Code Switch
6:03 am
Sat June 14, 2014

Children Don't Come With An Owner's Manual

Originally published on Mon June 16, 2014 7:32 am

When I became a father at 18, I had no idea how to be one. There was no owner's manual or instruction booklet. Figuring it out was all the more difficult because I grew up without my own father or any consistent father figure to emulate. All I had was a 17-year-old girlfriend, Regina, and a newborn baby daughter that I knew I would be responsible for.

Sherita was born two months after I started my freshman year at Harvard. Thanks to a very wise mother, I didn't have to learn about parenting right away. She took my girlfriend and her first grandbaby into her home and into her heart.

"You bring that baby and come stay with me," my mother told her. "Sylvester's got something to do for the next four years."

In fact, I wasn't even there when Sherita was born. I was away at school taking midterms. I didn't see my daughter until I came home for Thanksgiving vacation. And that first time I saw her and held her, I fell in love with her. Yet, even then, somehow I knew that love alone would not be enough to be a good dad.

So, I went about the business of getting an education first, without which my mother had explained I would not be able to take care of myself, let alone a wife and baby. Two days before the start of my senior year, Regina and I got married at city hall. There was no big wedding or honeymoon. I had just turned 21. Very few people at school ever knew that I was actually married with a child.

By the start of spring term of that final year, I had completed my senior thesis and after two summer internships with Newsweek, I'd been promised a job as a correspondent at the Boston bureau. I'd also rented an apartment and moved off-campus. All I had left were general exams and finals.

Less than three months before graduation, my mother and stepfather drove from Chicago to Cambridge with my wife and baby.

"Here's your family," my mother said.

Though I had thought about it a lot, it wasn't until I walked into that still empty apartment with Regina and Sherita that the full weight of being a father hit me. Standing in the living room watching that 3-year-old little girl playing on the floor, I suddenly realized what an awesome responsibility I had. I would be responsible for her life for the next 20 years or more. I had barely lived that long myself, and for the first time I was going to be the sole breadwinner for three people. I was terrified.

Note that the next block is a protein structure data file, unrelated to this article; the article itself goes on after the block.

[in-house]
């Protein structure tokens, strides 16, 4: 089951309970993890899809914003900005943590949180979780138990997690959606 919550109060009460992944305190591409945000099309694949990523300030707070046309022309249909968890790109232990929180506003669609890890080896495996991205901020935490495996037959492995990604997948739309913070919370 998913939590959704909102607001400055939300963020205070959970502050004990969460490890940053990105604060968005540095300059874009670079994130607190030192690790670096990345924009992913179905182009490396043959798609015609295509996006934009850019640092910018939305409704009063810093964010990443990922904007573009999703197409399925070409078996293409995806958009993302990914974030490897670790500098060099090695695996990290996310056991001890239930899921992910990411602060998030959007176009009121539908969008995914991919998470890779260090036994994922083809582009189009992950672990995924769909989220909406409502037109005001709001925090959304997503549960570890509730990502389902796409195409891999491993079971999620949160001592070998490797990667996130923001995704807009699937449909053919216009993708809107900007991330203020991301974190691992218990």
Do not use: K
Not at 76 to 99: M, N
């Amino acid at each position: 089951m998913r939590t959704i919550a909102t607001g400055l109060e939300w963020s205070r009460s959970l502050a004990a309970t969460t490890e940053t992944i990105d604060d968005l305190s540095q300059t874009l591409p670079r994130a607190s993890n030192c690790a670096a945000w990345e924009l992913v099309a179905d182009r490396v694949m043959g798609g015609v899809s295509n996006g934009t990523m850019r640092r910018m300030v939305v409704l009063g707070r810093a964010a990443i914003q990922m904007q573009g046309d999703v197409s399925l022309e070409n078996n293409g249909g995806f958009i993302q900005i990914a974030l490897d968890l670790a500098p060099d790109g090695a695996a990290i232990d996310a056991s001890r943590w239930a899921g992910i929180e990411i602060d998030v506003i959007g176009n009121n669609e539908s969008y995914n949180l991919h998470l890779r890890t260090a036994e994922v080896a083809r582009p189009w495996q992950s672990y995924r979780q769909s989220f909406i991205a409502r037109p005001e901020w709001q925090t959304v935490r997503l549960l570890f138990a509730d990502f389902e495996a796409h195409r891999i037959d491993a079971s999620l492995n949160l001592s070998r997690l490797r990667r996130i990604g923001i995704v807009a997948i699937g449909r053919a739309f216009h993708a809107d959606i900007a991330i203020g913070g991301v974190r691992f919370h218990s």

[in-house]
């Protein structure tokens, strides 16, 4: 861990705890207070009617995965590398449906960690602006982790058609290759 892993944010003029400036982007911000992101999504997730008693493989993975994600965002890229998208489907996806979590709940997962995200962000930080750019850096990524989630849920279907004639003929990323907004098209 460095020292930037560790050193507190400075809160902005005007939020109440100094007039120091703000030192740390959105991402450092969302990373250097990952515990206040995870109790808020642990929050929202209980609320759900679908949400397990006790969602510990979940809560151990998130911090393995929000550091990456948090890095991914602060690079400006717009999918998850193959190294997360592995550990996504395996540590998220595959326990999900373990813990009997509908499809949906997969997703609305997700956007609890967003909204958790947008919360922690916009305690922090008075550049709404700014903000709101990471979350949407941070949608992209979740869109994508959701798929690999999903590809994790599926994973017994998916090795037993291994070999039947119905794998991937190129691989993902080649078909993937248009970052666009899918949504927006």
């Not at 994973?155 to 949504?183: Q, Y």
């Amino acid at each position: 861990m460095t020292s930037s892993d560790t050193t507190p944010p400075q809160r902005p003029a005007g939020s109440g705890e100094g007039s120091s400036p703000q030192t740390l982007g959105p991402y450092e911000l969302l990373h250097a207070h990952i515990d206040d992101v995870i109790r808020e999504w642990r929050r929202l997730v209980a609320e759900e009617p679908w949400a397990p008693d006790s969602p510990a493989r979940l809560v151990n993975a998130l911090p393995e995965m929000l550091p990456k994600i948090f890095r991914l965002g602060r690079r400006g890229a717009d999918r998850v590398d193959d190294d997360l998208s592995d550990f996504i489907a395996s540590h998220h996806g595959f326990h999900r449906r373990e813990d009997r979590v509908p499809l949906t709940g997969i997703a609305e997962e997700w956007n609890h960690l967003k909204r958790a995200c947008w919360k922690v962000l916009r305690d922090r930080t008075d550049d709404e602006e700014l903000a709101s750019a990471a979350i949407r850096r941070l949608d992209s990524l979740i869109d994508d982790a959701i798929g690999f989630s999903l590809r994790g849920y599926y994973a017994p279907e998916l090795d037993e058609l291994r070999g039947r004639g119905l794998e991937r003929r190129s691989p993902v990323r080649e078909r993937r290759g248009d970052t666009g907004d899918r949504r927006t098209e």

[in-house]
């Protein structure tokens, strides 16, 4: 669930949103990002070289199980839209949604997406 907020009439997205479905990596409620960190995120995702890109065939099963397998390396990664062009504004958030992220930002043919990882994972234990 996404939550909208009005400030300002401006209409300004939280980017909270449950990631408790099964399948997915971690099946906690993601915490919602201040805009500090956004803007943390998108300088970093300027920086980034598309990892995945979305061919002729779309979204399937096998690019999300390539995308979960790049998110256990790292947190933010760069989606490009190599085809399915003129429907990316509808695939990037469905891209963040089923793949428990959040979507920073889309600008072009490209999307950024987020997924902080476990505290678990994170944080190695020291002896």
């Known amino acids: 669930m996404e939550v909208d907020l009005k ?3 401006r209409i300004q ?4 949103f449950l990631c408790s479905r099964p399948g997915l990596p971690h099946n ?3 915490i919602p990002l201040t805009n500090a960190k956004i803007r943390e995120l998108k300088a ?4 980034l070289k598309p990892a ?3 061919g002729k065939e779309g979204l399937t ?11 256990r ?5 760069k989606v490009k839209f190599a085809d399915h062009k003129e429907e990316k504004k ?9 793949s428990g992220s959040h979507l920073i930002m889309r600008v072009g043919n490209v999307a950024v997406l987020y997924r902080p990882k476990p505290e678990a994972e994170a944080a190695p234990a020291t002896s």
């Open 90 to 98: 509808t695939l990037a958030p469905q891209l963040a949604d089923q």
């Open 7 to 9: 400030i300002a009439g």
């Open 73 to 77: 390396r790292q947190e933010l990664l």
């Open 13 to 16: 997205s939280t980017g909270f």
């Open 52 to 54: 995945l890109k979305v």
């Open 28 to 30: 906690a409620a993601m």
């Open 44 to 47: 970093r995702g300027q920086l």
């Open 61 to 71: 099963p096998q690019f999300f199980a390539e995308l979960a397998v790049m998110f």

But I also had decided a long time before that if I ever had children I would be guided by two things. First, I would be the kind of dad I would have wanted my father to be if he had been there. And second, I would not make the same mistakes that my stepfather made with me. I vowed that no child of mine would ever be without a father, and I would never make promises that I couldn't keep.

I still had a lot to learn about being a dad as I stood watching my little girl. But somehow I knew that I'd already learned the most important lesson and that was that I should be there for my children — not just for first steps and birthdays and proms and graduations, but every day — through the good times and the bad times.

Even when Regina and I split, I made sure that Sherita and our son, Jason, knew that I was not leaving them and that I would still always be there for them. When I became a single father with a 10-year-old daughter and a 2 1/2-year-old son, I realized that I could also be a mother — just as my mother had been a dad to me when she had to be.

My children are grown now and have children of their own. I leave it to them to judge what kind of dad I was. But in the end, I think being a good dad wasn't all that difficult after all. I just had to be there, and show them that I cared even when I got it wrong — like the first time I changed a diaper or tried to do my daughter's hair or embarrassed her in front of her prom date. We learned together, and it wasn't nearly as scary as it seemed that day I watched my little girl playing on the floor of our first apartment.


Sylvester Monroe is a Los Angeles-based journalist and author. His daughter lives in Nashville, Tenn., with her husband and three children. His son lives in Greenville, S.C., with his wife and two children.

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